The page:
BALTIMORE (WJZ)—Mayor Stephanie Rawlings-Blake makes it official. She’s running for the office of mayor.
Political reporter Pat Warren explains the field of candidates for Baltimore’s top job is expanding.
Rawlings-Blake announced her run for office Thursday.
She said “people need to work,” and getting people working means holding on to her own job.
Rawlings-Blake was council president when she was sworn in as mayor last year to replace the disgraced Sheila Dixon. She believes the way she’s handled Baltimore’s affairs since February of last year will earn her voter approval this September.
“I think the one thing I appreciate about the people of Baltimore is they don’t confuse criticism with leadership,” Rawlings-Blake said. “Everyone can criticize, but what are the solutions? And have your solutions been tested?”
Much criticism is coming from Otis Rolley, a Democrat and former Baltimore City Director of Planning who’s already made a splash by gaining the endorsement of Bill Cosby. He filed his candidacy two weeks ago.
The executive vice president of the Greater Baltimore Board of Realtors, Jody Landers, threw his hat into the Democratic primary last week.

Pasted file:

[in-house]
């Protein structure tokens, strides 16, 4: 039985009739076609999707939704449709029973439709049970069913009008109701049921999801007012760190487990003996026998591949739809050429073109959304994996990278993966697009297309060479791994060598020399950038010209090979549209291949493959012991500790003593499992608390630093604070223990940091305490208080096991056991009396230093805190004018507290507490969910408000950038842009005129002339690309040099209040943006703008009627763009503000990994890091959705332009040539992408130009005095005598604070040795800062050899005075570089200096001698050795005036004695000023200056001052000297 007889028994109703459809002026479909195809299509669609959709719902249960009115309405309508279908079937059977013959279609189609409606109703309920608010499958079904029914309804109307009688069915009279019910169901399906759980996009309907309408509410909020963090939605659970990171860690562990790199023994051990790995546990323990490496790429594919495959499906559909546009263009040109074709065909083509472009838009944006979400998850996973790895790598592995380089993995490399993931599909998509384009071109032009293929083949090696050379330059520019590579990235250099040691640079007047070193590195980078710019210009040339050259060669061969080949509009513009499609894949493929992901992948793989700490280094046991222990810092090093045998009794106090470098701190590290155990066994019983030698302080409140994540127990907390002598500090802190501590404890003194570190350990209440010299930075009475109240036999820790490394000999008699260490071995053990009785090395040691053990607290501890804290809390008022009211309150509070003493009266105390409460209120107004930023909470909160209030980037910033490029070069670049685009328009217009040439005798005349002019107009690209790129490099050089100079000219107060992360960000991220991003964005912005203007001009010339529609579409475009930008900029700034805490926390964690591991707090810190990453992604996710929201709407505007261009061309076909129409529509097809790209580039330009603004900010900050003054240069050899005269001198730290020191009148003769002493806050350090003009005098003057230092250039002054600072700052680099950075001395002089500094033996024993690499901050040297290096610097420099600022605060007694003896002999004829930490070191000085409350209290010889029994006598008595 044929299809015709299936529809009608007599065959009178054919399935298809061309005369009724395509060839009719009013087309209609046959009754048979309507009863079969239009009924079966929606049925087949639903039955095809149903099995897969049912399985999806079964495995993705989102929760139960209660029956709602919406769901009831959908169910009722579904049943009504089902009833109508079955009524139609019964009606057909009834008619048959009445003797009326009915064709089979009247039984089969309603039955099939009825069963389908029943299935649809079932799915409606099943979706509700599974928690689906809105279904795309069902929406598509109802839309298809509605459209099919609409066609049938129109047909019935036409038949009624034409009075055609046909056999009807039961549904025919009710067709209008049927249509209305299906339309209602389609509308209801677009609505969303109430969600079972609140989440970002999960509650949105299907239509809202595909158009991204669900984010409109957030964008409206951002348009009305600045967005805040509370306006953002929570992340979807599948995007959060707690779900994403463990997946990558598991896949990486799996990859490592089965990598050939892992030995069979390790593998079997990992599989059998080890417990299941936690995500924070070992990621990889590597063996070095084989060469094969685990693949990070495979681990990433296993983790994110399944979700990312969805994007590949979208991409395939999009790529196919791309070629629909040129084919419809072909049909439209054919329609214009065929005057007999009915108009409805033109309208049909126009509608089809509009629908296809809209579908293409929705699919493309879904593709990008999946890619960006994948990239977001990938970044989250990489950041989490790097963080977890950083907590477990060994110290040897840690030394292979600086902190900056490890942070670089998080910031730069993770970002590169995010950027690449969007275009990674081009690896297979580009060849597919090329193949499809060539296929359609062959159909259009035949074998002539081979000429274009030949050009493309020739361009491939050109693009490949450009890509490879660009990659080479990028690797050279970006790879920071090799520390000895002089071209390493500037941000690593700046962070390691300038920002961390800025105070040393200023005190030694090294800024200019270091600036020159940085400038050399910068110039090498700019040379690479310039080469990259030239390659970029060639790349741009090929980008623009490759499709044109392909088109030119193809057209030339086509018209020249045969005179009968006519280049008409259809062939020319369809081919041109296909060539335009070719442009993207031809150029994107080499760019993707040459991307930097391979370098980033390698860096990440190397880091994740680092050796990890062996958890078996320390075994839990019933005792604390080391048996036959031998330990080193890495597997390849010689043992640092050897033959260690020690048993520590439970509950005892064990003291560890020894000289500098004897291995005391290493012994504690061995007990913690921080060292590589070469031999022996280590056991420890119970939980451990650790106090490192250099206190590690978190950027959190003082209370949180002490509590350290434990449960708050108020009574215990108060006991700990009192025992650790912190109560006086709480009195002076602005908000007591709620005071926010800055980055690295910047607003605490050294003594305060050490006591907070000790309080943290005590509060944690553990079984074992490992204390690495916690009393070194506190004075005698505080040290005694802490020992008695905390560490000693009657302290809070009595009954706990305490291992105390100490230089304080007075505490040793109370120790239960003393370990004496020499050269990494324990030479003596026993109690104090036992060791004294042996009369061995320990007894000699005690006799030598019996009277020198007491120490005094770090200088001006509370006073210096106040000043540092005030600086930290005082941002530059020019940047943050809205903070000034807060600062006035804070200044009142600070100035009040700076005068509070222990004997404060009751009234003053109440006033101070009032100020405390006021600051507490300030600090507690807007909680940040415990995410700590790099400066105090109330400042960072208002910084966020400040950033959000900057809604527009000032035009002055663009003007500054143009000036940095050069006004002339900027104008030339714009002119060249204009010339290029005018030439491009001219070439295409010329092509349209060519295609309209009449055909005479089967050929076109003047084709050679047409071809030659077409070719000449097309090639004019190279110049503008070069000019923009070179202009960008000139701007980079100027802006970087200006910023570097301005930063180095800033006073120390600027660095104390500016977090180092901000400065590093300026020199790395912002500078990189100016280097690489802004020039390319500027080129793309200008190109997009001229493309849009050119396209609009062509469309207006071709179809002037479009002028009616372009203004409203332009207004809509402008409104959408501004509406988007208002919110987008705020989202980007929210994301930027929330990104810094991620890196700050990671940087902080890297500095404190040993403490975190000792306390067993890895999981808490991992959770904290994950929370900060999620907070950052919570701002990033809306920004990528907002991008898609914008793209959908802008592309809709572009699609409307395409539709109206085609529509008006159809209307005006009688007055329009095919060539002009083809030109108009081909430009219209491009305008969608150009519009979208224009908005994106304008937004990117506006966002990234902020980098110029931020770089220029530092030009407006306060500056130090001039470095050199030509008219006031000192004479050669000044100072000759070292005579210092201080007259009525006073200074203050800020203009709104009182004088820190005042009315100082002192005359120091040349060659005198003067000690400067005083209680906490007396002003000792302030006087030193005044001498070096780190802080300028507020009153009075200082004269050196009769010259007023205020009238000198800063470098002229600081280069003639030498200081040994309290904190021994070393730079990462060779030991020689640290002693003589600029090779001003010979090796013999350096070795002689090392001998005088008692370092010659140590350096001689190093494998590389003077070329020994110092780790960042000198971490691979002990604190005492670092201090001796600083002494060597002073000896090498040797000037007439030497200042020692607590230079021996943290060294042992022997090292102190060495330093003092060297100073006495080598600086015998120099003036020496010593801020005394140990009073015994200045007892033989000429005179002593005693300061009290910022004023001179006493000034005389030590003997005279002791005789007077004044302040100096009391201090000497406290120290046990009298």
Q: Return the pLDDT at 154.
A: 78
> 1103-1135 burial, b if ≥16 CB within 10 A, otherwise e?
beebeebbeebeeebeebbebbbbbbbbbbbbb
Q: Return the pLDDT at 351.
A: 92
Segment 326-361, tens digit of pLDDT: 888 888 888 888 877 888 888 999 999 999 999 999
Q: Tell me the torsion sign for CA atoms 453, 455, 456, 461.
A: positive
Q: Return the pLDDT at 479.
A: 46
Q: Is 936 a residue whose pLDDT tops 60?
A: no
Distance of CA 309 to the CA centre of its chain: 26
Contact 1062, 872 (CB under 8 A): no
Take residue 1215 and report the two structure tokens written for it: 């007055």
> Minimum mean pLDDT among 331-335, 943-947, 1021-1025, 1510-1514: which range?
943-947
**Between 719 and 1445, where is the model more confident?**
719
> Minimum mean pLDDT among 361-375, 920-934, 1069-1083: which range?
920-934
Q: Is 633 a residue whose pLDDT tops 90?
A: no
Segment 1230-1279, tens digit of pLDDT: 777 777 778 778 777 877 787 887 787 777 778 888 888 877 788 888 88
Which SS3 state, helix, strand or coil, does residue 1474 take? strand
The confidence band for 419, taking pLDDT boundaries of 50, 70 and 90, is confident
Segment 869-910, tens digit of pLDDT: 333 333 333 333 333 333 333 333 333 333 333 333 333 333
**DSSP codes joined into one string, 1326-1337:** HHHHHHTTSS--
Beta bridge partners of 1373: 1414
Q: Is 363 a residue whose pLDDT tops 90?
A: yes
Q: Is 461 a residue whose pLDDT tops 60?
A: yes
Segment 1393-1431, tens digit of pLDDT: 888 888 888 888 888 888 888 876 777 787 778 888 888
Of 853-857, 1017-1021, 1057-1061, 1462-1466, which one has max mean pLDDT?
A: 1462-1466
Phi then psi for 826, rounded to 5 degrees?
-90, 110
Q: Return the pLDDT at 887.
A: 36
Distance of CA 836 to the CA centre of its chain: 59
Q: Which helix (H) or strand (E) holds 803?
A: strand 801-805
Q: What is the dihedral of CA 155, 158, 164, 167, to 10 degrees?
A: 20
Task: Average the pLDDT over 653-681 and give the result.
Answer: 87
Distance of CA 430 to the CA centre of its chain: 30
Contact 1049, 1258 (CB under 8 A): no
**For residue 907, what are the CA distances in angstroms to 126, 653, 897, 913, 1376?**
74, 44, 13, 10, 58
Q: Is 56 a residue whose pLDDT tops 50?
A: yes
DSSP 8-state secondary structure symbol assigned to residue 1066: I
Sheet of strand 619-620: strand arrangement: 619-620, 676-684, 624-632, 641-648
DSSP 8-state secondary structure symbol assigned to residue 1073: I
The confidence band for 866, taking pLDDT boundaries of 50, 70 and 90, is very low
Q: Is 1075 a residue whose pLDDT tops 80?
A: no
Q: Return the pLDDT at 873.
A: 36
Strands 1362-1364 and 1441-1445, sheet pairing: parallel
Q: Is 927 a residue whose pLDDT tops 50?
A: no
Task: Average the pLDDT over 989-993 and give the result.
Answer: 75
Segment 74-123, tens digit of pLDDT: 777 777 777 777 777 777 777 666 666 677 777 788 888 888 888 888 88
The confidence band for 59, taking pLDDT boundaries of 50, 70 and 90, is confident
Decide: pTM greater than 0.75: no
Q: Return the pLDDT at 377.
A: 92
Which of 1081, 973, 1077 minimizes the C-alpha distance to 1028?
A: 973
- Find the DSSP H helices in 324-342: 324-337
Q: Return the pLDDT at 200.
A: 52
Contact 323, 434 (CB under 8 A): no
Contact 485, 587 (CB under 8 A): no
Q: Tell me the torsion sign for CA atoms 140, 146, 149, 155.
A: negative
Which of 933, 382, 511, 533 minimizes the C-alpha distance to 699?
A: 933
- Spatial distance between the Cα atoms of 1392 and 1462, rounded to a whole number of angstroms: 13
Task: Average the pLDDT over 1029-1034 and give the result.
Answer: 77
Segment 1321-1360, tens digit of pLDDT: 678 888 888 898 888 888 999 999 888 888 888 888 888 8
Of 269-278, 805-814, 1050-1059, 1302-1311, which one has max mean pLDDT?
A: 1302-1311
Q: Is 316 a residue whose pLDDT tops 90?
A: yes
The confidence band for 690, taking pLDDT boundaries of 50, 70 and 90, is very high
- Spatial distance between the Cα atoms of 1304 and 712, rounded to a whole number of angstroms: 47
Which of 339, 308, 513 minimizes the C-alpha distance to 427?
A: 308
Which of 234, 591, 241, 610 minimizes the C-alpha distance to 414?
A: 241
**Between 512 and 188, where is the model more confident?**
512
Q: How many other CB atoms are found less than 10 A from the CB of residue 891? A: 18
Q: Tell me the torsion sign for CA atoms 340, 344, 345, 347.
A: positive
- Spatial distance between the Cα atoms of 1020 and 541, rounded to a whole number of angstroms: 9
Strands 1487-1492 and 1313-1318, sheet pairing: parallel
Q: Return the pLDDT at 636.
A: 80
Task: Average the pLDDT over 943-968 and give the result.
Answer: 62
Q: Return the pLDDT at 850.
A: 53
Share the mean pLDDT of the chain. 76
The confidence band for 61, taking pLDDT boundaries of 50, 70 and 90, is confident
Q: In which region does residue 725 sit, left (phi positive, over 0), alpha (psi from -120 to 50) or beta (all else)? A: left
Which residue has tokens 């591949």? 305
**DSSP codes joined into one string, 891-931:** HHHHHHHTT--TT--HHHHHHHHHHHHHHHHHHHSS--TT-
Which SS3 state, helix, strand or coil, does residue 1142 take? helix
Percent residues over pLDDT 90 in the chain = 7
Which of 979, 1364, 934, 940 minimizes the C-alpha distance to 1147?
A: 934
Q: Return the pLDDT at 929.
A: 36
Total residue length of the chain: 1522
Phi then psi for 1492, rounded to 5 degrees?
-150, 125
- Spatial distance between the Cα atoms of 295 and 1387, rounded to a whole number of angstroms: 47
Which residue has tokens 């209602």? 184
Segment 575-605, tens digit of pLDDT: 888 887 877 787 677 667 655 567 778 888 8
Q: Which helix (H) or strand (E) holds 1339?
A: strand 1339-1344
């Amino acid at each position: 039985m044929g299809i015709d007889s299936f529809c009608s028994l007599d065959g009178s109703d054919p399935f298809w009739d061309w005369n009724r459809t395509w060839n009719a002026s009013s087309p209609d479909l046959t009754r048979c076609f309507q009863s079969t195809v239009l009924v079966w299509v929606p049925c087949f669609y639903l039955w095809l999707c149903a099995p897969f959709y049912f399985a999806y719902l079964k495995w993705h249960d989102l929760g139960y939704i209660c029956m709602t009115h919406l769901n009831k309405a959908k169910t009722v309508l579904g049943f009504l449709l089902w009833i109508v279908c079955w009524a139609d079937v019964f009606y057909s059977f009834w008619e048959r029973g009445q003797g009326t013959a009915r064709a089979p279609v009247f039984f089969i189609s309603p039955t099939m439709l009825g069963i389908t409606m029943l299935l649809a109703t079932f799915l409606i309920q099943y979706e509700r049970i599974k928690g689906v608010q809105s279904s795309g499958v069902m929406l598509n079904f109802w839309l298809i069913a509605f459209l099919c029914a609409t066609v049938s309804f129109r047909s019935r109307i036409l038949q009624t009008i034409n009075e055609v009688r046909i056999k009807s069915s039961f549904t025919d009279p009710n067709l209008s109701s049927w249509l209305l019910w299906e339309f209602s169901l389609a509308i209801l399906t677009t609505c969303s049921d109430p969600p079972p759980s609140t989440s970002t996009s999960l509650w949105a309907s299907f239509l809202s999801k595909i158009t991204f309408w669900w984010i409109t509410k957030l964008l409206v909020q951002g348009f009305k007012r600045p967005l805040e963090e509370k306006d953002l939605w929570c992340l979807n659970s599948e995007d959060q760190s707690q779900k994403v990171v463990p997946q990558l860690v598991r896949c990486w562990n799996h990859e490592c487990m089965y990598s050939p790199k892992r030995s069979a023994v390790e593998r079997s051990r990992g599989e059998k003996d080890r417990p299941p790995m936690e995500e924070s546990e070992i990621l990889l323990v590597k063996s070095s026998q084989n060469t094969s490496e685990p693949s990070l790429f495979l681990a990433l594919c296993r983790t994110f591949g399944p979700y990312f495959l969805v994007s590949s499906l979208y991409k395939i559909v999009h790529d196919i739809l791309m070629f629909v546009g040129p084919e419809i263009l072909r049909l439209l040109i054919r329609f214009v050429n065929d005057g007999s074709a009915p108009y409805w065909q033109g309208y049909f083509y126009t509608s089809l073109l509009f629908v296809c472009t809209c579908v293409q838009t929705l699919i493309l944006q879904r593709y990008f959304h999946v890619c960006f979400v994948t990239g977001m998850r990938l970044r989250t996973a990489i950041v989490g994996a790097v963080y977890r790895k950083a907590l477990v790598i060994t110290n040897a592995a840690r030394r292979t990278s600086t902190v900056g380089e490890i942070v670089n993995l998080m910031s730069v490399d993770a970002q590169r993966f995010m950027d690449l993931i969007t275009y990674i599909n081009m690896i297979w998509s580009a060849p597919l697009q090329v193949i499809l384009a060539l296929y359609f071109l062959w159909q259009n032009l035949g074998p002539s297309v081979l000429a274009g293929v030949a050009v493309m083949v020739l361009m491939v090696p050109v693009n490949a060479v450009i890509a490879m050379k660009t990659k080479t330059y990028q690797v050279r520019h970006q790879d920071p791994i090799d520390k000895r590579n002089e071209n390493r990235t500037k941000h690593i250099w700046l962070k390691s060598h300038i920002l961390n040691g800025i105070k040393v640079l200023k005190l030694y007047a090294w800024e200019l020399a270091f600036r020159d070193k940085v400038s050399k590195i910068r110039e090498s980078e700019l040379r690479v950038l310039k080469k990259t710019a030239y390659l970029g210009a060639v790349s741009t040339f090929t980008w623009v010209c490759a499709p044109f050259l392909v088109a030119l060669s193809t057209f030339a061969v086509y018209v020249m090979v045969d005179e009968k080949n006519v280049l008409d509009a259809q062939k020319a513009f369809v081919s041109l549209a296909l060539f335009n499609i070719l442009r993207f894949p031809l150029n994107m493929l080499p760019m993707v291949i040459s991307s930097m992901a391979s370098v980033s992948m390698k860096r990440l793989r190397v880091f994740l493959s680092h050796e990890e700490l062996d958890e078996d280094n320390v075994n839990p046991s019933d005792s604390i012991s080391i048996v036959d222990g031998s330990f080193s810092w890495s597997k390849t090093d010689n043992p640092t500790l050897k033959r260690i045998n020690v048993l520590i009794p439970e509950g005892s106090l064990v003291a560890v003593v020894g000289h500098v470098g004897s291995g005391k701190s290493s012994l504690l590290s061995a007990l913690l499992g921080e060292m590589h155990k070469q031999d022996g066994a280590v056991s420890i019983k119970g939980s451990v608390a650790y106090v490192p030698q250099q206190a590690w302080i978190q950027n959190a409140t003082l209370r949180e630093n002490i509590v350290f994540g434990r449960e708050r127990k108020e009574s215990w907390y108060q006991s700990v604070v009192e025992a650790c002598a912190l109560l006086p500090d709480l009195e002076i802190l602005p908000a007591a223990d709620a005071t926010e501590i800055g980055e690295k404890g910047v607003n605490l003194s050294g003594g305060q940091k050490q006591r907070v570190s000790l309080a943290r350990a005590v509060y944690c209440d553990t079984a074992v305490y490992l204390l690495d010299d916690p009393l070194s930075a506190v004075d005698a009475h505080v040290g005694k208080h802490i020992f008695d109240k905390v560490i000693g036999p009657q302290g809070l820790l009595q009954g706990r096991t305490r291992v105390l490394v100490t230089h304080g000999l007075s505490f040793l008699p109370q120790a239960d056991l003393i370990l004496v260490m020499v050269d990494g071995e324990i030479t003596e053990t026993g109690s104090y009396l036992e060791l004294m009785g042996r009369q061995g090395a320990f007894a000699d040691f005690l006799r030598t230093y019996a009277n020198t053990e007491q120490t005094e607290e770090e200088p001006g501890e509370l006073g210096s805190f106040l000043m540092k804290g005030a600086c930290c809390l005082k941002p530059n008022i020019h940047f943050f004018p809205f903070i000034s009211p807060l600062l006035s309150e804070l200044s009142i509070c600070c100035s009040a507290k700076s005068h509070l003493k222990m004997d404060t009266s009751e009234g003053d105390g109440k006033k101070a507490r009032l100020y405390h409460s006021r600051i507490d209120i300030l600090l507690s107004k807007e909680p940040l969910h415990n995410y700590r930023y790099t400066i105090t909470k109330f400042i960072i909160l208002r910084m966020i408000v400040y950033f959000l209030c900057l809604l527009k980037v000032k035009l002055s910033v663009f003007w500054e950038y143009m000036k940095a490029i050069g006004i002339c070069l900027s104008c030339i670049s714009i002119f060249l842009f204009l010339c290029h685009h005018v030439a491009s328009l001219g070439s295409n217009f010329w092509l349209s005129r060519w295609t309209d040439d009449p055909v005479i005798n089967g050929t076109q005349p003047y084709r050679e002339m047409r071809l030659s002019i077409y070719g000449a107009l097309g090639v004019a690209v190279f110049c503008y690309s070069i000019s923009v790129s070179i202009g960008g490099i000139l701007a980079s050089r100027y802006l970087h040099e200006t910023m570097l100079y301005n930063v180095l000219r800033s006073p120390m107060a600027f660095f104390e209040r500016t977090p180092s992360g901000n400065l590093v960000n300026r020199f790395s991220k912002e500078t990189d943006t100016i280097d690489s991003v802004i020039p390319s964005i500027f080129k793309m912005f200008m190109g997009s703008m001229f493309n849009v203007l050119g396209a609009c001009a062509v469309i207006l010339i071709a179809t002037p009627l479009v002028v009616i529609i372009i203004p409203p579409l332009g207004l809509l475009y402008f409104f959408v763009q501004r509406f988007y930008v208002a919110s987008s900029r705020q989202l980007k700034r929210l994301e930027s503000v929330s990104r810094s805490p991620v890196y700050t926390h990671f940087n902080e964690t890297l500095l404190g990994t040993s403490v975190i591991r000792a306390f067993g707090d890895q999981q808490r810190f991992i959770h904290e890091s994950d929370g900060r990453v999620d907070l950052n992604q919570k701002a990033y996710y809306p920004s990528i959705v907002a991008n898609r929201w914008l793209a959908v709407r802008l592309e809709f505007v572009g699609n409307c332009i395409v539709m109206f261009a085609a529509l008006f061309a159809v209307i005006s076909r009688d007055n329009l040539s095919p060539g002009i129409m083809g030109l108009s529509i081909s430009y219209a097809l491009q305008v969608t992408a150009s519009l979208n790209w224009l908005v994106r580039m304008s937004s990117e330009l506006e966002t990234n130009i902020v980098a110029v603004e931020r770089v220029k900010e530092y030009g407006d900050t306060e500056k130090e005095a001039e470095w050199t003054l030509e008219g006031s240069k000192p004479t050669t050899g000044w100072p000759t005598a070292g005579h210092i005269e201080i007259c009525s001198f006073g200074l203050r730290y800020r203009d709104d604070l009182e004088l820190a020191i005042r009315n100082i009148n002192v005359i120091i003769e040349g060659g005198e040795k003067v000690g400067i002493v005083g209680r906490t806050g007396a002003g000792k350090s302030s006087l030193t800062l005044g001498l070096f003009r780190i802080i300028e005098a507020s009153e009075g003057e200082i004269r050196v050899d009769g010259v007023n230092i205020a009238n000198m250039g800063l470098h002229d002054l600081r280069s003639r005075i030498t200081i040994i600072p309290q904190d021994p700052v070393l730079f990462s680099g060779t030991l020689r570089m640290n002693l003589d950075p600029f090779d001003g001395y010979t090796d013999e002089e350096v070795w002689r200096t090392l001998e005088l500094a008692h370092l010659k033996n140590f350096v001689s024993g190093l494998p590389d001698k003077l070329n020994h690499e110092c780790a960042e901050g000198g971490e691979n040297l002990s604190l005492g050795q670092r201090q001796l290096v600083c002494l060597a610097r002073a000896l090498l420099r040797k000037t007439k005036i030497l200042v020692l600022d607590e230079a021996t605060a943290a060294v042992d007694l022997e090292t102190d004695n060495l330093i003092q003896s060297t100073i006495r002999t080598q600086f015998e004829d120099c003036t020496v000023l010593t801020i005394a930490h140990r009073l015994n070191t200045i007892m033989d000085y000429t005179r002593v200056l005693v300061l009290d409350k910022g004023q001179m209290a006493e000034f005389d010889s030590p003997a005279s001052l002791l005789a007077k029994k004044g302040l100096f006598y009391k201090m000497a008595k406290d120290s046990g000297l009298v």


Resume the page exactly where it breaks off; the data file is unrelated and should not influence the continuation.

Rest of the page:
Rawlings-Blake has the endorsement of Baltimore Congressman Elijah Cummings, who considers her tried and true.
“When I look at what the mayor has done, she has dealt with our problems like any family would deal with the most difficult family problems,” he said. “She’s looked at her options. She’s been honest with the family members—those are the citizens of Baltimore. And then she tried to make the very difficult decisions that had to be made.”
Those decisions have included taxes, cuts and ethics violations— which is what put her in the office in the first place, and have led to investigations in the police and public works departments.
“I’m gonna shine a light whether it’s in transportation, the police department, DPW, anywhere that we find people who are abusing the trust of the citizens who put us here, we’re gonna shine a light on it,” Rawlings-Blake said.
The city primary is Sept. 13. Traditionally the winners of the Democratic primary in Baltimore win the general election, which is Nov. 8 this year.
Other candidates are expected to join the race, but as of this afternoon, no Republicans have filed.